Ethereum (ETH) is one of the most popular blockchain projects in the industry today but very few know the origin of the project. On the other side of the spectrum is Ethereum Classic (ETC), a blockchain that has looked on with envy as Ethereum takes the spotlight as the top smart contract blockchain. However, this only reveals half the story of the two blockchains and how they shaped the most important moment in cryptocurrency history since the development of Bitcoin.
Ethereum and Ethereum Classic were part of the original Ethereum blockchain before the DAO hack happened. The DAO hack as explained in an earlier article caused over $50 million worth of losses to investors as a bug in the system created a loophole to siphon out ETH. The hack was the start of the Ethereum Divide that has had massive effects on the cryptocurrency world today.
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The Decentralized Autonomous Organization (DAO)
The “Ethereum Divide” began with the collapse of The Decentralized Autonomous Organization (DAO) which played a major role in the formation of the two Ethereum blockchains. The DAO was simply an organization that allowed decentralized applications to raise capital through the platform. Unlike traditional VC and hedge funds, the DAO allowed developers to raise the capital on a decentralized network.
How the DAO works
“The DAO” (the company) was built on a smart contract that executes once the funders vote on which dApp should get funding. The dApps are selected by curators who are mostly made up of top personalities in the Ethereum community. The funders need to purchase DAO tokens using Ether to be able to vote for and fund the dApps.
Once voting begins and the project gets at least 20% of the voting, a share of the DAO tokens needed to start the venture is released to the dApp development team. This offered an efficient and easy method for startups to raise cash, with investors also having a direct say in the project they prefer. The platform became an instant hit as over $150 million USD in ETH was raised in the first month of operation.
DAO further introduced an exit mechanism to the smart contract allowing dApps that were no longer interested in the DAO to create their own “child DAO”. The Split Function as it was termed was to end up being the most costly mistake the DAO ever introduced.
On June 17th 2016 as the world went on with its business, a hacker was able to steal $50 million USD in ETH from the DAO by exposing the loophole in the Split Function. The contract further required the exit companies to wait at least 28 days before they could access their funds upon leaving the DAO.
The Hard Fork: Creation of Ethereum and Ethereum Classic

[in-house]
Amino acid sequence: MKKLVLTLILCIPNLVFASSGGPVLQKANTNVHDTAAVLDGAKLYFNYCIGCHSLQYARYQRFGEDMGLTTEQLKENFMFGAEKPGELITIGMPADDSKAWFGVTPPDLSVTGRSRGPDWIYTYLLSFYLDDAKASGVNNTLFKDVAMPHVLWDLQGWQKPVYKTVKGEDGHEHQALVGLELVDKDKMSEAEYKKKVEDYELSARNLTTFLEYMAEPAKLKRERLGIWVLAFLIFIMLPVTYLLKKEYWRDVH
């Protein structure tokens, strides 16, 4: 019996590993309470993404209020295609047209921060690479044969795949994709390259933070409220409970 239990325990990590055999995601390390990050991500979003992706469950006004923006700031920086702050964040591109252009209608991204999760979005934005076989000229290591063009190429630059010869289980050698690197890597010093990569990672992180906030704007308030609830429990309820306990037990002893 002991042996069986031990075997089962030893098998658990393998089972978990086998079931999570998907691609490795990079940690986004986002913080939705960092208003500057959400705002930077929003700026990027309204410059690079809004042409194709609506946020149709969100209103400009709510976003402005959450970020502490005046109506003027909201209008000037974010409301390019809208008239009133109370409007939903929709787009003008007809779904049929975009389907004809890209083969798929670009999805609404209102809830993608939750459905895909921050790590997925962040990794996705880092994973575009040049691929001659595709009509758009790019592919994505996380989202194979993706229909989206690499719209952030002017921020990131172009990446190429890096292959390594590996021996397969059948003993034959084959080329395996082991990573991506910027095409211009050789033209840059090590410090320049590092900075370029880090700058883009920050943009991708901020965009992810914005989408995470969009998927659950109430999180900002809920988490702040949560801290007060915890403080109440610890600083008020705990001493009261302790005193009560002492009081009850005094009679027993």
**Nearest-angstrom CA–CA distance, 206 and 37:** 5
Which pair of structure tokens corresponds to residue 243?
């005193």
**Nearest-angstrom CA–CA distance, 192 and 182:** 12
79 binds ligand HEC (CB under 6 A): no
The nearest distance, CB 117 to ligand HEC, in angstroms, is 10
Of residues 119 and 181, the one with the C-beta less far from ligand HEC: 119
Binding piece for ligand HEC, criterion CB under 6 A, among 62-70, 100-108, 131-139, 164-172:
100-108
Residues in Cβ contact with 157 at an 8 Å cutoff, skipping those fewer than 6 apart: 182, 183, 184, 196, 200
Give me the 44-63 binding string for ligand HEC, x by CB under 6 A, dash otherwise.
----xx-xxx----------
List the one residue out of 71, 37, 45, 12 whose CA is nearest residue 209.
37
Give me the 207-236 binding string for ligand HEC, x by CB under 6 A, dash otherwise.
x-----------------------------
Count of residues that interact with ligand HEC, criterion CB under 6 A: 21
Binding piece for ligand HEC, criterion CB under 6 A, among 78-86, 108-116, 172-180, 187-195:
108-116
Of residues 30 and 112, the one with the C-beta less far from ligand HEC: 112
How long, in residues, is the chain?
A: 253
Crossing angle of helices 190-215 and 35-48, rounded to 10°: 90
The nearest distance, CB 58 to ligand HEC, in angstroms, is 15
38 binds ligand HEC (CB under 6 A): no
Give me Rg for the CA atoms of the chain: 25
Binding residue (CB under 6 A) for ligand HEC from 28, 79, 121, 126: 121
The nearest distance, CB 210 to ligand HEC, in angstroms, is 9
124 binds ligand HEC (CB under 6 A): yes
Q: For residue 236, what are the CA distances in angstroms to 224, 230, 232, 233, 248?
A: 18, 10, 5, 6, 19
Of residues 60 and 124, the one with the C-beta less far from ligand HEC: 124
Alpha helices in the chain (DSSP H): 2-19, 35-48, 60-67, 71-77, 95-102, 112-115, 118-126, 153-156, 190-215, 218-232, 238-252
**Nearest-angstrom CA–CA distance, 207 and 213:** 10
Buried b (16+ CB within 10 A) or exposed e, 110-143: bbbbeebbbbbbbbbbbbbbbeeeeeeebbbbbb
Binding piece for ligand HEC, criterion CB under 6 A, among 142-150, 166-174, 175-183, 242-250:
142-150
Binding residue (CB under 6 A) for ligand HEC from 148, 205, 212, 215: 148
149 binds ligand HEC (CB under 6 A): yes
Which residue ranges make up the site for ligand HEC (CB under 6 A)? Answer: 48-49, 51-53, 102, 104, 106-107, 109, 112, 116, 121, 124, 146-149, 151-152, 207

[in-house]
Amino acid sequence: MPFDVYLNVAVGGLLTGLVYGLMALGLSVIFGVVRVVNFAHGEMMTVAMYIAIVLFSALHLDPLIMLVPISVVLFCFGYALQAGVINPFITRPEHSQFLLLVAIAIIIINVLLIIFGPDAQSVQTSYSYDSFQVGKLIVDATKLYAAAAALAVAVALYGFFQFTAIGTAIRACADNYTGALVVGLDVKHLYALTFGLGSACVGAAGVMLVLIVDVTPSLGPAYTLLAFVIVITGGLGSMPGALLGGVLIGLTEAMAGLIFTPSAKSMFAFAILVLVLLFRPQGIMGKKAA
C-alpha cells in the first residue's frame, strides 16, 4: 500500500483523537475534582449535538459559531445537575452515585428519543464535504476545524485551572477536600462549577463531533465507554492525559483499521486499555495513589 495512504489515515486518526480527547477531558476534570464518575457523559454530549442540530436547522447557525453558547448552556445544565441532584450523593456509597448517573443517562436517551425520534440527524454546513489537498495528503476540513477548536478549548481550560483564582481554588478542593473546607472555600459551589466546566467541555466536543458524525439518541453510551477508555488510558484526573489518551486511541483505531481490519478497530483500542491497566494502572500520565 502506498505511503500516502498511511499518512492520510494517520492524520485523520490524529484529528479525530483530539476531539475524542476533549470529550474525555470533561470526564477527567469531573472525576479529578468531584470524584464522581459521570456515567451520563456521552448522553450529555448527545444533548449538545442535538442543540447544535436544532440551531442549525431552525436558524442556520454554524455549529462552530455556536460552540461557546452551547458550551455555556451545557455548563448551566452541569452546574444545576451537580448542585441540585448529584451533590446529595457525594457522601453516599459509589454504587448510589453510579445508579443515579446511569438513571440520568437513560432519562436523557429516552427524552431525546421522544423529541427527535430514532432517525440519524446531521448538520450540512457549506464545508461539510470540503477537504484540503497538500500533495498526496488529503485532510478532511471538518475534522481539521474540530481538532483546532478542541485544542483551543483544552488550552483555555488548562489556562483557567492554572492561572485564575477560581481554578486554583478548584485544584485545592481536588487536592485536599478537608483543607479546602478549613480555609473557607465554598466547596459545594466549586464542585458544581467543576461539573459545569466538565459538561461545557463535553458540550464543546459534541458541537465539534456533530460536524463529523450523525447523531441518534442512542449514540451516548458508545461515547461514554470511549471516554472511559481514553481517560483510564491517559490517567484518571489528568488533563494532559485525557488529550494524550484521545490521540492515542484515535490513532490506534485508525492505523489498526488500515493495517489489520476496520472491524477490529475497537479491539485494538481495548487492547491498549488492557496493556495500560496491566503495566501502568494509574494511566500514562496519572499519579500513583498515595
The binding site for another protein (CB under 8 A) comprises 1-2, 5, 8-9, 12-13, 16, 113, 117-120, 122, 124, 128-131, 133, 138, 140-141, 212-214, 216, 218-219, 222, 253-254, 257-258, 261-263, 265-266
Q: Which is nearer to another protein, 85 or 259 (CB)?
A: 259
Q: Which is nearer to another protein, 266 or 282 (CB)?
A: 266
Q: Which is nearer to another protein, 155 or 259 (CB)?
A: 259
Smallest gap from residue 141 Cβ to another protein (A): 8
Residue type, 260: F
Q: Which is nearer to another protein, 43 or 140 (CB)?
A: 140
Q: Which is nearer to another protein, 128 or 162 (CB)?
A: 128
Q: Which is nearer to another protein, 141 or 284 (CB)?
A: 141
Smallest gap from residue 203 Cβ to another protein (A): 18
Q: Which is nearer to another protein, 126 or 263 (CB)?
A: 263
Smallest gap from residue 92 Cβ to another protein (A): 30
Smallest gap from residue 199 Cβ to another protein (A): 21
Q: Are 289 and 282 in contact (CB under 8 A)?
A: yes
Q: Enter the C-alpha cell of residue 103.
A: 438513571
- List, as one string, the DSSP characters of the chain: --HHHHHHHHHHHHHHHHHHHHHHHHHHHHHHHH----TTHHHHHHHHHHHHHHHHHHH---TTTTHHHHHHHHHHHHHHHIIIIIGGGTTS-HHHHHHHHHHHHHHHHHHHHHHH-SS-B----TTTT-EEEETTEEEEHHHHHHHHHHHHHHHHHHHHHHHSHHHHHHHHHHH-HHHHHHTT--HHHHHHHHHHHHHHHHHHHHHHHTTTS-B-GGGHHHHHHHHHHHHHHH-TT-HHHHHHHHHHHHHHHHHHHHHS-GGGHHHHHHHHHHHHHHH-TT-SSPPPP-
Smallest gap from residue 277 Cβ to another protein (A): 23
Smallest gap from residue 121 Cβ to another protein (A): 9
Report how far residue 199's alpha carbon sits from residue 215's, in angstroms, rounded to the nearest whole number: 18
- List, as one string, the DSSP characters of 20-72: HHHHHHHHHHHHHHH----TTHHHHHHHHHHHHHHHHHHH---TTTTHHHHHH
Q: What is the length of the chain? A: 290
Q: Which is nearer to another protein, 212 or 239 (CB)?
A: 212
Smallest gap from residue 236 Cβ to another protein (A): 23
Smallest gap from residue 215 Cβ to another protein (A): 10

The so-called hack on DAO, which was very closely related to Ethereum, brought about a split in the Ethereum community on how they were to solve the issue. The hacker made a recursive function exploiting the loophole made by the Split Function to allow him to take out as much ETH as possible before being discovered. A couple of suggestions were brought as solutions to the hack whereby part of the Ethereum community suggested no action should be taken, others fought for a soft fork to make the blockchain backward compatible and the rest were in for a hard fork.
The Ethereum Hard Fork
While the soft fork was the ideal option at the time allowing users with the updated version and not updated version to interact, a problem surfaced – the Denial of Service (DoS) attack. Having a soft fork would allow attackers to place malicious or useless computational problems for miners to solve for little or no gas. The attacker, in essence, would not use any gas fees as the DoS attack allows it to happen. This meant only one option was remaining after most of the community members demanded action – The Hard Fork.
The hard fork is quite different to the soft fork as it does not allow backward compatibility (users with the update cannot interact with those without the update).
Ethereum hard fork occurred on block 1,920,000 (just before the DAO hack) on the Ethereum blockchain forming a new blockchain that is today known as Ethereum. While the majority of the community followed the new Ethereum chain, around 10% of the community decided to stick with the original blockchain and renamed it Ethereum Classic to distinguish it from the newly created Ethereum. The new chain was able to retrieve the $50 million stolen from the hacker’s child DAO.
The original Ethereum blockchain has suffered in development of the platform as most of the top developers jumped ship during the fork to the new chain. Furthermore, ETC is majorly viewed by investors as an ‘extra’ Ethereum platform which affects the adoption process of the platform. Currently, ETC is a mere shadow to ETH dominance with a total market capitalization of $475,493,306 USD. Ethereum in comparison is currently the second largest cryptocurrency with a total of $14,622,667,940 USD in market capitalization.
Another hard fork is facing the Ethereum blockchain on February 28th – March 1st 2019 at block number 7,280,000. The Constantinople hard fork is set to reduce the block rewards to miners from 3 ETH to 2 ETH. This is one of the effects that the loyal Ethereum Classic community members feared would happen on Ethereum – a slippery slope of hard forks. Other critics have stated that the platform’s power by the top developers is likely to be misused to pass updates that are individualistic and selfish in nature.